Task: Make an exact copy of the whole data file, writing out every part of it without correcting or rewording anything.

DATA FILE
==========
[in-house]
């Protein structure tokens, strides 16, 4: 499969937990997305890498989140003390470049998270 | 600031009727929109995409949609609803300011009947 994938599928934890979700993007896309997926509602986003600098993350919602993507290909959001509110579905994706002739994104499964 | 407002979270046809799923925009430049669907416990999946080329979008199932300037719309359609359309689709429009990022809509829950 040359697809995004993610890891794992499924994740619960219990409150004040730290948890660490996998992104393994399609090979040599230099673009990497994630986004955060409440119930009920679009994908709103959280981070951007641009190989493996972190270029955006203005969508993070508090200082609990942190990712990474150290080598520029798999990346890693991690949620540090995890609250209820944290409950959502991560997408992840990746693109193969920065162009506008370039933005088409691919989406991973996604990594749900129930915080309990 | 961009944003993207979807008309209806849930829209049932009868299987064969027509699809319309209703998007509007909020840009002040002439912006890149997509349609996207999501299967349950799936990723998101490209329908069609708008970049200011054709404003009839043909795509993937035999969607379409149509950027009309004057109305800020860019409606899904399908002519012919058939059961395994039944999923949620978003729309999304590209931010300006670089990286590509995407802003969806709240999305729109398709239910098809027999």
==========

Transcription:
[in-house]
């Protein structure tokens, strides 16, 4: 499969937990997305890498989140003390470049998270 | 600031009727929109995409949609609803300011009947 994938599928934890979700993007896309997926509602986003600098993350919602993507290909959001509110579905994706002739994104499964 | 407002979270046809799923925009430049669907416990999946080329979008199932300037719309359609359309689709429009990022809509829950 040359697809995004993610890891794992499924994740619960219990409150004040730290948890660490996998992104393994399609090979040599230099673009990497994630986004955060409440119930009920679009994908709103959280981070951007641009190989493996972190270029955006203005969508993070508090200082609990942190990712990474150290080598520029798999990346890693991690949620540090995890609250209820944290409950959502991560997408992840990746693109193969920065162009506008370039933005088409691919989406991973996604990594749900129930915080309990 | 961009944003993207979807008309209806849930829209049932009868299987064969027509699809319309209703998007509007909020840009002040002439912006890149997509349609996207999501299967349950799936990723998101490209329908069609708008970049200011054709404003009839043909795509993937035999969607379409149509950027009309004057109305800020860019409606899904399908002519012919058939059961395994039944999923949620978003729309999304590209931010300006670089990286590509995407802003969806709240999305729109398709239910098809027999």